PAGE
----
The Early Kings of Norway: Also An Essay on the Portraits of John Knox

By Thomas Carlyle | Go to book overview
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CHAPTER XI. .
MAGNUS THE GOOD AND OTHERS

ST. OLAF is the highest of these Norway Kings, and is the last that much attracts us. For this reason, if a reason were not superfluous, we might here end our poor reminiscences of these dim Sovereigns. But we will, nevertheless, for the sake of their connection with bits of English History, still hastily mention the names of one or two who follow, and who throw a momentary gleam of life and illumination on events and epochs that have fallen so extinct among ourselves at present, though once they were so momentous and memorable.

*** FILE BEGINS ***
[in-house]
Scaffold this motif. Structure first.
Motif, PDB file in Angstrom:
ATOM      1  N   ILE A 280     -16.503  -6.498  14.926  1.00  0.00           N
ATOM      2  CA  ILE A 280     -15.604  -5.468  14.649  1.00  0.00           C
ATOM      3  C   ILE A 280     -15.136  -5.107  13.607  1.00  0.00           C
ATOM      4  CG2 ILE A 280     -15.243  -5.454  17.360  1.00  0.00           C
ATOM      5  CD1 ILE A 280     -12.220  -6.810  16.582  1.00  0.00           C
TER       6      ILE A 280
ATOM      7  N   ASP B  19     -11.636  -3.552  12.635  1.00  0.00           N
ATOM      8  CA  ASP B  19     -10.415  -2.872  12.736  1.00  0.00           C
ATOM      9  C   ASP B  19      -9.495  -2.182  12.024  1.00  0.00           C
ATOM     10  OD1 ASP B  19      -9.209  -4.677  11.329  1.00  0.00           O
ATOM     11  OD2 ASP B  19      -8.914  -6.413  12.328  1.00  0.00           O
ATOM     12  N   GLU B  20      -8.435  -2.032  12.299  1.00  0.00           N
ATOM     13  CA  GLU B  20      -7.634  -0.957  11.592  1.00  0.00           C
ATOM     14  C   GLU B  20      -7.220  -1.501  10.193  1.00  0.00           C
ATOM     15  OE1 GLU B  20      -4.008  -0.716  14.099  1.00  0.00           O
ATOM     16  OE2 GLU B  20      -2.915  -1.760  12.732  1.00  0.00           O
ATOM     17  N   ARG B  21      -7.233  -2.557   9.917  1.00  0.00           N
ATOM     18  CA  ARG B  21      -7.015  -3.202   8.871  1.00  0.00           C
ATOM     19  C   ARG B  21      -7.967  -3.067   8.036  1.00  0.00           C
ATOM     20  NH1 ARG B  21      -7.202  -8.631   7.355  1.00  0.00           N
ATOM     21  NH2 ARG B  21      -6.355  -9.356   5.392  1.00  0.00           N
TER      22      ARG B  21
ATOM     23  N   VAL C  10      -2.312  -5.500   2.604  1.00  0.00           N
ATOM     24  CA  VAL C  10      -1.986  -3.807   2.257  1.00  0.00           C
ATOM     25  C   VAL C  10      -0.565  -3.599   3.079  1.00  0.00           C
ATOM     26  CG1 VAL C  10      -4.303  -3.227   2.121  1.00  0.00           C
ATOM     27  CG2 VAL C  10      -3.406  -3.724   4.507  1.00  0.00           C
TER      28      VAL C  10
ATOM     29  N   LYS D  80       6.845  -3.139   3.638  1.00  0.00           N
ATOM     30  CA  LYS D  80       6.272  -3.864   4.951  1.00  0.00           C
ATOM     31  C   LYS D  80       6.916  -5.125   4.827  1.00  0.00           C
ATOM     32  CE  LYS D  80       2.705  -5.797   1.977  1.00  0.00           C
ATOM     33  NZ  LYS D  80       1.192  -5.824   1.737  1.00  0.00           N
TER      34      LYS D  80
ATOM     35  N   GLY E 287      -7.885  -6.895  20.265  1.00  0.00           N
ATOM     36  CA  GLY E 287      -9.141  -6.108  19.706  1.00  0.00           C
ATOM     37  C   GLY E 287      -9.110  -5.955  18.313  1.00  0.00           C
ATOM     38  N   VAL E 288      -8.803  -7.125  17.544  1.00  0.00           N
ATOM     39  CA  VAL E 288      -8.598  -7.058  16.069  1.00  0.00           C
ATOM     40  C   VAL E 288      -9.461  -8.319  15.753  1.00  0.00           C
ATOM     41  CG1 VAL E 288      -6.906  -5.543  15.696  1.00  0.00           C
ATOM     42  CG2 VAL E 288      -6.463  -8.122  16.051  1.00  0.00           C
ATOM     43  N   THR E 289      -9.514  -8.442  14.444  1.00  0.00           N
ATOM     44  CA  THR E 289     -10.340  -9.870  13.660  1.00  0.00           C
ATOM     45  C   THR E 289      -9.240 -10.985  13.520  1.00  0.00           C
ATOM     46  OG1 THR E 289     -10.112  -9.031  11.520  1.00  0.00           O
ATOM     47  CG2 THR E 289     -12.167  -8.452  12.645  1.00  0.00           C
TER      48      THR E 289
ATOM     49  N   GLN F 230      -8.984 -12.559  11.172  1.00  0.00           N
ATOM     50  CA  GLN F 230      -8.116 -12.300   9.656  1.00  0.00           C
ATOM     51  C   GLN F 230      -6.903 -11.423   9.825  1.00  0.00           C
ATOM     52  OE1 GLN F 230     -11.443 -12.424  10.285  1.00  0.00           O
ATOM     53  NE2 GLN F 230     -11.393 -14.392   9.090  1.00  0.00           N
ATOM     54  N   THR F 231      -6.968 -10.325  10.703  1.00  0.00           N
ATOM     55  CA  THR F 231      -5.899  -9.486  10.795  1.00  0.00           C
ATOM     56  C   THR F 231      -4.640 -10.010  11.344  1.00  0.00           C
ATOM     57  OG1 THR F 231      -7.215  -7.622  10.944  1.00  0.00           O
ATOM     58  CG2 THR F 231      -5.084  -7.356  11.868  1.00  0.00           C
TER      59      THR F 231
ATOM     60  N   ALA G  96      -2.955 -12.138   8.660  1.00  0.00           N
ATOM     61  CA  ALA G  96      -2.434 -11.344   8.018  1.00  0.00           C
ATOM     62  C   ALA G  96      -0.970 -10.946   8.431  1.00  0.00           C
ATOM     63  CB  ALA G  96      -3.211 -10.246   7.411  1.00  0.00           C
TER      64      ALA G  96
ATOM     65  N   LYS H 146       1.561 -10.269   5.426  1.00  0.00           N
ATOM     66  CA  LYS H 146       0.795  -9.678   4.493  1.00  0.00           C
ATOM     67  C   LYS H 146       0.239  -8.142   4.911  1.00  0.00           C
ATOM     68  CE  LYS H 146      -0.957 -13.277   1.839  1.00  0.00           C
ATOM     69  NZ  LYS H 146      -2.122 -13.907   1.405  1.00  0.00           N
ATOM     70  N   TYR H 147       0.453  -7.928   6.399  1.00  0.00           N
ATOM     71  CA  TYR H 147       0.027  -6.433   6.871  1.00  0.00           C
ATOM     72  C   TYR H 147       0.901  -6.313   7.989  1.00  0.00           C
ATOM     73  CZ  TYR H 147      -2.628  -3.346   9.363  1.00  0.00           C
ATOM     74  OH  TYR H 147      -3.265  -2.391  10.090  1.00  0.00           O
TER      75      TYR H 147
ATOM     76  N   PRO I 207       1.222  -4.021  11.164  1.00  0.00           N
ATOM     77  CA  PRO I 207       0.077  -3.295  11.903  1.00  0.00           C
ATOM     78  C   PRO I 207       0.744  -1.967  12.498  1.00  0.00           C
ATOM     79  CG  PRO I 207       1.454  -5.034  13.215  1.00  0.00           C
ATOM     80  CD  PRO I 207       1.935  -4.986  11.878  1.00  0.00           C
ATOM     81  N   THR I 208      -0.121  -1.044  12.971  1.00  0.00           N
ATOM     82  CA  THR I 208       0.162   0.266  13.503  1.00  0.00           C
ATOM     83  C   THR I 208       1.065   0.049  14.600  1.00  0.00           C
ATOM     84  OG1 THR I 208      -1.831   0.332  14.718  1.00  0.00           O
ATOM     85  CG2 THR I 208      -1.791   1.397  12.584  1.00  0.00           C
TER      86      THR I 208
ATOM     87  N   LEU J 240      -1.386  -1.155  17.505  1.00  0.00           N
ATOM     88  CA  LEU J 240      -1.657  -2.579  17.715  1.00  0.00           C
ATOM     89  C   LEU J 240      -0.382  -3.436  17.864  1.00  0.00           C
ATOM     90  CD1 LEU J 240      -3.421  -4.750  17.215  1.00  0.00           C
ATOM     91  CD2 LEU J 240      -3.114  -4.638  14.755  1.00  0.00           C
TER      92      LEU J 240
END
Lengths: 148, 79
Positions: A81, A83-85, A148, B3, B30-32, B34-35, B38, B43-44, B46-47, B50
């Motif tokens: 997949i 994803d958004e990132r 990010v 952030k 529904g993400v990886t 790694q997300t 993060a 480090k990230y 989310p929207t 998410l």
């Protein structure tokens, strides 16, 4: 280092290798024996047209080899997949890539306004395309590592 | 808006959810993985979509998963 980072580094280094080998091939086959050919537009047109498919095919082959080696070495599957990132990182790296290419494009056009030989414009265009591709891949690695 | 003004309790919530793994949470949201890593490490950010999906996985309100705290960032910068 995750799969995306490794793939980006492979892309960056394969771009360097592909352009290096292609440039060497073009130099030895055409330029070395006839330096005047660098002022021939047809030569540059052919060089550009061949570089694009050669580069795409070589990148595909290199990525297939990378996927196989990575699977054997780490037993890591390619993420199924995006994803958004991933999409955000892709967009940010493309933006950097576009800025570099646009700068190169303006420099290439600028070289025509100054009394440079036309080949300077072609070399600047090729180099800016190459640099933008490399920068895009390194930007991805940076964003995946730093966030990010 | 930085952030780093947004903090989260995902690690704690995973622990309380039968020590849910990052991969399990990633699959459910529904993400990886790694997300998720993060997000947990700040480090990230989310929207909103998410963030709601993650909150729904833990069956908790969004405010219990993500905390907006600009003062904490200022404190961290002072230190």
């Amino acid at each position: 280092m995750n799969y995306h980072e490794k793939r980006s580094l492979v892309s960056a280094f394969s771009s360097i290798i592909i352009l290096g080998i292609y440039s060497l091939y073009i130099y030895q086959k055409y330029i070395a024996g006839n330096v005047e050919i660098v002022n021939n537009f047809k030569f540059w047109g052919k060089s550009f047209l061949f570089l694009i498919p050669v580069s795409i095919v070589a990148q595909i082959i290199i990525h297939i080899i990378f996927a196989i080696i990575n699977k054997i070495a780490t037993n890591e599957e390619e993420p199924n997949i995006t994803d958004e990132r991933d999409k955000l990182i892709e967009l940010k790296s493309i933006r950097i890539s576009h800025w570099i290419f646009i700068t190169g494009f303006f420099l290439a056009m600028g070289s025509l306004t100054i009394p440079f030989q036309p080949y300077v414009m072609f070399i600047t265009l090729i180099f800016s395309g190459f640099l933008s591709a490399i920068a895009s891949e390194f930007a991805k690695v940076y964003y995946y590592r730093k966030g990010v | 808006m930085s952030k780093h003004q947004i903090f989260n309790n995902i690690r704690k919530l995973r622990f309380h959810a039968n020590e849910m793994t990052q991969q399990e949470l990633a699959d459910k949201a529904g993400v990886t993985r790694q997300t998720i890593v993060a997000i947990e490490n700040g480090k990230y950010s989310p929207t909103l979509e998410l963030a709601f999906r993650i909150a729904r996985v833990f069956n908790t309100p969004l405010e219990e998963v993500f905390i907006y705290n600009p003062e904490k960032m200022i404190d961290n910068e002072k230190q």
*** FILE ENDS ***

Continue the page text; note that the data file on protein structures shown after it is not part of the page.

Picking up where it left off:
The new King Svein, from Jomsburg, Knut's natural son, had no success in Norway, nor seems to have deserved any. His English mother and he were found to be grasping, oppressive persons; and awoke, almost from the instant that Olaf was suppressed and crushed away from Norway into Heaven, universal odium more and more in that country. Well-deservedly, as still appears; for their taxings and extortions of malt, of herring, of meal, smithwork, and every article taxable in Norway, were extreme; and their service to the country otherwise

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